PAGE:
The Underground Poet Revisited



Neighborhood: Subway

Before the interwebs, it required more ingenuity to get noticed. That’s why I conjured up my “underground poet” scheme in the early 90s. 

I was already a published poet by then, and at a huge art show at the Javits Center two of my framed one-liners were purchased by a French art dealer. When he compared me to Marcel Duchamp, I swooned… and I started planning.

After purchasing a batch of small stickers, I marked them up with my poems, one-liners, and other provocative writings. 

I’d ride the subways, slapping my stickers up here and there — but then it hit me: I could skip a step. Instead of waiting for someone to randomly notice my work and alert the media, I could kinda-sorta alert the media myself. With that in mind, I stopped risking arrest (or a summons, at the very least) and focused on my new plan. Let’s face it, there’s no need to actually illegally put up your poetry when you can just convince the media to report that it’s true.

My girlfriend at the time, Michele, was more than happy to help. So, I wrote an article about the magnificence of the “Underground Poet” and made sure to note that someone named “Mickey Z.” was responsible. I put Michele’s name as the byline and mailed it (yes, snail mail) to a handful of major local outlets. Lo and behold, New York Newsday replied almost immediately. (Side note: Newsday was once a staple in the five boroughs. Now, it’s primarily centered on Long Island.)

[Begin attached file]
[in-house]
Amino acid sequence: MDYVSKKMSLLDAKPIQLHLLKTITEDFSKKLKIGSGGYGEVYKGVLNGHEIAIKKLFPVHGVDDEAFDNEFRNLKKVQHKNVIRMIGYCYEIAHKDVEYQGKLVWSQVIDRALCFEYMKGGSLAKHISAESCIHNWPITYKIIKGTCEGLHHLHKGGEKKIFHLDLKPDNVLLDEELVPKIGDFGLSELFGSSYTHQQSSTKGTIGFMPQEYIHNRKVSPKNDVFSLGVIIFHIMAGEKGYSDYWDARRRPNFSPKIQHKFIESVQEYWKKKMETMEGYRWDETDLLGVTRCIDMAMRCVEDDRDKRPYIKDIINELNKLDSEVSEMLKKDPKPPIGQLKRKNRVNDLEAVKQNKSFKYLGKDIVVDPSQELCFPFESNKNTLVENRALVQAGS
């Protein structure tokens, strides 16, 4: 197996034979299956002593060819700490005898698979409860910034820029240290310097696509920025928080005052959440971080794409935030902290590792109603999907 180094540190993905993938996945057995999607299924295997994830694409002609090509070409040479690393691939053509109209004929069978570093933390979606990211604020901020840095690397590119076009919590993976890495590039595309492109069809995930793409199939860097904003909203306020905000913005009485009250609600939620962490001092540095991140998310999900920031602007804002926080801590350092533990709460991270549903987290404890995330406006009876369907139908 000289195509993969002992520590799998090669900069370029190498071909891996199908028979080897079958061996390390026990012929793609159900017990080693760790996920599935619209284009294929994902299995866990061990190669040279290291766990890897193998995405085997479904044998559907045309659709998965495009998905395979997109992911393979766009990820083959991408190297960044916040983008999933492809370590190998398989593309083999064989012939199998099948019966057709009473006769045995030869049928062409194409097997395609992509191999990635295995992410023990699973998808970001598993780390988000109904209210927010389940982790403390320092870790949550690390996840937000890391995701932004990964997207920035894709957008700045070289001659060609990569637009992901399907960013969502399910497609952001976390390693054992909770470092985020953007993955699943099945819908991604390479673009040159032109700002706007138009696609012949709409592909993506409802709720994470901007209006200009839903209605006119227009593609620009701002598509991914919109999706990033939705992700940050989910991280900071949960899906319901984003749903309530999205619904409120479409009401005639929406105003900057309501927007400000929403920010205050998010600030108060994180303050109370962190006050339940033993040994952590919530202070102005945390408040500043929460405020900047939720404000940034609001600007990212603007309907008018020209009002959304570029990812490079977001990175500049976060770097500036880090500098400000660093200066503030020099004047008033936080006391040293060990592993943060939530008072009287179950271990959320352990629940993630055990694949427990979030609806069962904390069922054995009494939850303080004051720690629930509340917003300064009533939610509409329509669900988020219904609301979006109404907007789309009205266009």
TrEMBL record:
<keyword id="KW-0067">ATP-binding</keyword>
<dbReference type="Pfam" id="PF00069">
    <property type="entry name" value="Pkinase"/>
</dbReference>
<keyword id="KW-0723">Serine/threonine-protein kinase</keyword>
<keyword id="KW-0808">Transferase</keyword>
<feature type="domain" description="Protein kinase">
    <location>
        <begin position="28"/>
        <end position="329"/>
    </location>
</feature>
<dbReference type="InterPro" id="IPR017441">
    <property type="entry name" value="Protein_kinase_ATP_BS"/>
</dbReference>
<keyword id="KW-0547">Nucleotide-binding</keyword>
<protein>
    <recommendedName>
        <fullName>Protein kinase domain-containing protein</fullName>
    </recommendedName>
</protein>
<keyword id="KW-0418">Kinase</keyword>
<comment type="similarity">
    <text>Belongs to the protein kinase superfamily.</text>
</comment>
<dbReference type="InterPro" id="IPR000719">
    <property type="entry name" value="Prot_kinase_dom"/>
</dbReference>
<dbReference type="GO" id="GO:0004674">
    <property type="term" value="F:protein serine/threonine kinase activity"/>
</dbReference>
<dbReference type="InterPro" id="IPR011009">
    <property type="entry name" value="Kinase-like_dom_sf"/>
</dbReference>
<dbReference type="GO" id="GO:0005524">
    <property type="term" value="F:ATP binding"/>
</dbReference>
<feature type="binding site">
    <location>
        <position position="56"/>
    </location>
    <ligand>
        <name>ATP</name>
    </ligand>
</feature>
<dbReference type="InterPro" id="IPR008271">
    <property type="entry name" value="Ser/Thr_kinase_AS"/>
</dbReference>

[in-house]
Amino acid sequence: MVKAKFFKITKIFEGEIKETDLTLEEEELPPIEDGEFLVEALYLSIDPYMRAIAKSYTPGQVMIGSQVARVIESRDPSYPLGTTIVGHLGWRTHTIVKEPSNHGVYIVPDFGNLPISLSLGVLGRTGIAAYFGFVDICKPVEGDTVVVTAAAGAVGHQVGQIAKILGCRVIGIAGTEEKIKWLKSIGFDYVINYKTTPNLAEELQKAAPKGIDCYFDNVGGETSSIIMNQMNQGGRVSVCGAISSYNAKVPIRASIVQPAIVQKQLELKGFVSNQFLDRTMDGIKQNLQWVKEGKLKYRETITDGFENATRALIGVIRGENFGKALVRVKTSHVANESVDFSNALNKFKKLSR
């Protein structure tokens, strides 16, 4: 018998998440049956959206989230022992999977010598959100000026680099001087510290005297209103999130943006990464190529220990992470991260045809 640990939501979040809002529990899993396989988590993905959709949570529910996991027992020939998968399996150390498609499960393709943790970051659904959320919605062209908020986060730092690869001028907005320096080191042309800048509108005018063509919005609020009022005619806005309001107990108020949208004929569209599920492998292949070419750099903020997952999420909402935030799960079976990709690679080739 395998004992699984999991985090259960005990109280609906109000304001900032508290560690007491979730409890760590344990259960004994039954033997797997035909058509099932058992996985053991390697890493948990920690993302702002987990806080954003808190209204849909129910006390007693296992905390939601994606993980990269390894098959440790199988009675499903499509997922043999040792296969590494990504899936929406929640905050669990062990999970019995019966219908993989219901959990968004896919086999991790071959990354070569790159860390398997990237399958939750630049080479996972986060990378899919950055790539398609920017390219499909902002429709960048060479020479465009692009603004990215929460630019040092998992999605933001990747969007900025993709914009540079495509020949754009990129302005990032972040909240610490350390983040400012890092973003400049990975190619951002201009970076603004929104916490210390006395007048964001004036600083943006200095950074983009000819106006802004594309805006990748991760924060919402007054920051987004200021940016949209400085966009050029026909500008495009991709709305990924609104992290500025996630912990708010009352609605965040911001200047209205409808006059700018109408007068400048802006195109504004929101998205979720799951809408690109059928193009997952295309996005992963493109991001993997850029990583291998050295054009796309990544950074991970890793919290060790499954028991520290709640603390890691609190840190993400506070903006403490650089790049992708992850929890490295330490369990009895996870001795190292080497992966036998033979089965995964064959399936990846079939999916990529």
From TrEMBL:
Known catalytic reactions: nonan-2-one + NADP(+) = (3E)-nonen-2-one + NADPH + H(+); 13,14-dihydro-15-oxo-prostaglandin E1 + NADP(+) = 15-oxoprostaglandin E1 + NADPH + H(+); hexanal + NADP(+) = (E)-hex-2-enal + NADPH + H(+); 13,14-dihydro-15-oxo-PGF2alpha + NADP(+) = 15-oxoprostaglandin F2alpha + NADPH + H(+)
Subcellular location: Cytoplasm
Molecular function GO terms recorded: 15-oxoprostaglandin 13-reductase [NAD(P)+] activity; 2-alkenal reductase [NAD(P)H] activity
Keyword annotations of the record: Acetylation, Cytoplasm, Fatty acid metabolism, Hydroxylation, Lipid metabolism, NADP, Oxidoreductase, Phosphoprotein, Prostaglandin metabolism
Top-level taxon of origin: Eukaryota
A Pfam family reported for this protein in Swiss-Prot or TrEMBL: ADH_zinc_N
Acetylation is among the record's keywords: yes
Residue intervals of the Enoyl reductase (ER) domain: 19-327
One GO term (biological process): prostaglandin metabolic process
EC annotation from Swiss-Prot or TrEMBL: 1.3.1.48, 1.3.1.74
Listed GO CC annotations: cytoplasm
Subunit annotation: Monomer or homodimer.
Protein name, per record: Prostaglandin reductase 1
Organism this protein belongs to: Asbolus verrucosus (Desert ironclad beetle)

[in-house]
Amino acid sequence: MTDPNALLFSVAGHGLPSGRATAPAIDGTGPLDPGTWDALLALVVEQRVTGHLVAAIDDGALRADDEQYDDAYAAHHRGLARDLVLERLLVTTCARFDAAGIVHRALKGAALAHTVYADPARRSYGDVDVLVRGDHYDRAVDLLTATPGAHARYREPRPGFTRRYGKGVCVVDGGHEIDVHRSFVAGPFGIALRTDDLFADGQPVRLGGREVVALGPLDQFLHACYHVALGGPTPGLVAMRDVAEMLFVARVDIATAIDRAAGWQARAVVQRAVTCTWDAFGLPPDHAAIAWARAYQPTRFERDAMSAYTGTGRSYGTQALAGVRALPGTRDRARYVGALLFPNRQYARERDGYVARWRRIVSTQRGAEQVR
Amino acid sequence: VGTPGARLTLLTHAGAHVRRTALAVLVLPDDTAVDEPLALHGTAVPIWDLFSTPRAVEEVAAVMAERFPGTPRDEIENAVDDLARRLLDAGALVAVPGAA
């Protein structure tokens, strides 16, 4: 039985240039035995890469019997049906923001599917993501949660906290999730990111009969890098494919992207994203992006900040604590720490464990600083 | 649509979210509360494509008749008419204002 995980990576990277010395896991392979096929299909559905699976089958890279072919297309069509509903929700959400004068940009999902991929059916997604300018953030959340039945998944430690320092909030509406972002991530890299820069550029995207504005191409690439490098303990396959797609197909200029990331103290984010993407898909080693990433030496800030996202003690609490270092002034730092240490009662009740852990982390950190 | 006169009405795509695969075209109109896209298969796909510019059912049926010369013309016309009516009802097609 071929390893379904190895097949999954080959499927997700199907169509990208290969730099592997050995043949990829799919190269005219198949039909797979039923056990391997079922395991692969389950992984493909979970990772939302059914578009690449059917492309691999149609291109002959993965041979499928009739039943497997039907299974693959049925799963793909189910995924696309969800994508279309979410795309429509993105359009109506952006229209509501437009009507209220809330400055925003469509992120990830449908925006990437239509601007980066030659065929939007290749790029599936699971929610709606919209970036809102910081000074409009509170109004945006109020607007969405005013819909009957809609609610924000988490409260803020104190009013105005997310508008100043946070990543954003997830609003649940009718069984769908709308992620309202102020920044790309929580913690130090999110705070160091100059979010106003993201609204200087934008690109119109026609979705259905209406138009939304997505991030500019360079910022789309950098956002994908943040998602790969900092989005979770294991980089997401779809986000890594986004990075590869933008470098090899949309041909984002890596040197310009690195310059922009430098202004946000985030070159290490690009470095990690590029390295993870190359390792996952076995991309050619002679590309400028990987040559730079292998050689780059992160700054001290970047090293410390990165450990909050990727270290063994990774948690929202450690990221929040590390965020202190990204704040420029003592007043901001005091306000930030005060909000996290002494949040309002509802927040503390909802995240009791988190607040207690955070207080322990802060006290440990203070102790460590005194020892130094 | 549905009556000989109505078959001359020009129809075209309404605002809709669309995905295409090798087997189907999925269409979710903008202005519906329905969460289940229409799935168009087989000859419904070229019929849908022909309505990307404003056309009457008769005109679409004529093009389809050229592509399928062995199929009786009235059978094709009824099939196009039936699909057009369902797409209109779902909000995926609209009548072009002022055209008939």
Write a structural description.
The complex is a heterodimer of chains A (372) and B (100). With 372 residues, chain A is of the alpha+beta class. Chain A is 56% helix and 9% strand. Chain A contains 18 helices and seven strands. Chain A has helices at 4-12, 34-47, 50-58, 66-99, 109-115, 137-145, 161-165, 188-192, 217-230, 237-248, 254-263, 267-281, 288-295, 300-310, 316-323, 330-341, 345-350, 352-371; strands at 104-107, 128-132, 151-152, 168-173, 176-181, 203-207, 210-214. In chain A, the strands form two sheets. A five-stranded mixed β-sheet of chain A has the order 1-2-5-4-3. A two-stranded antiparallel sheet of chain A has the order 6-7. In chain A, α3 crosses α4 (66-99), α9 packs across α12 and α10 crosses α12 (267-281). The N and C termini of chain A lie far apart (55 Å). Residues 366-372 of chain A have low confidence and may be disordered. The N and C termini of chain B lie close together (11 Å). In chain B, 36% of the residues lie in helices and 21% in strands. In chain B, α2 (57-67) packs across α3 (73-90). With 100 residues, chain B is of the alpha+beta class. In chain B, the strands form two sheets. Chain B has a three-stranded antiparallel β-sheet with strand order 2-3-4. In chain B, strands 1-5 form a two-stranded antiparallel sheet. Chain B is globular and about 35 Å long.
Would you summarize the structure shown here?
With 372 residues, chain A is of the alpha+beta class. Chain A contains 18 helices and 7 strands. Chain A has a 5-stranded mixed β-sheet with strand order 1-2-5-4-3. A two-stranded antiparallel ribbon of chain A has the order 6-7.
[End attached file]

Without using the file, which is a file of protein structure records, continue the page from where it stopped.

Mickey Z at the Bowery Poetry Club

The editor of the op-ed page at the time, Ken Emerson, called Michele to say he was very interested in publishing the piece. He just needed to talk with her in person first. It seems his journalist instincts had him feeling a little skeptical. I went with Michele to Newsday’s offices on Park Avenue South but, of course, waited outside. Their chat was brief. “How do I know that you’re not Mickey Z.?” Emerson asked. “I don’t wanna be part of a scam.” Michele calmly replied: “You’re just gonna have to trust me.”

With a deep sigh, Emerson agreed. The piece ran about a week later, Michele got paid $150 as the author, and the myth of the Underground Poet was launched. I used the article to reach out (as myself) elsewhere, and more press soon followed. Among other outlets, Street News picked up the story, but — best of all — the New York Daily News sent a reporter out with me onto the trains and interviewed me as I hung my work. 

For years afterward, these clips came in handy as I pitched articles, got book deals, and secured writing grants and fellowships. A line in my official bio still reads: “In the 90s, Mickey Z. was known as the ‘Underground Poet’ for hanging his words in NYC’s subterranean tunnels of transportation.” Still, I’ve always believed I didn’t push it far enough. In fact, after recently watching documentaries on Keith Haring and Jean-Michel Basquiat, I can see that I didn’t reap all the rewards and possibilities that were available back then. I think, in this convoluted age of hashtags, algorithms, and fake news, it’s time for a comeback.


Mickey Z. is the host of Post-Woke, a weekly podcast and the founder of Helping Homeless Women – NYC, offering direct relief to women on New York City streets.

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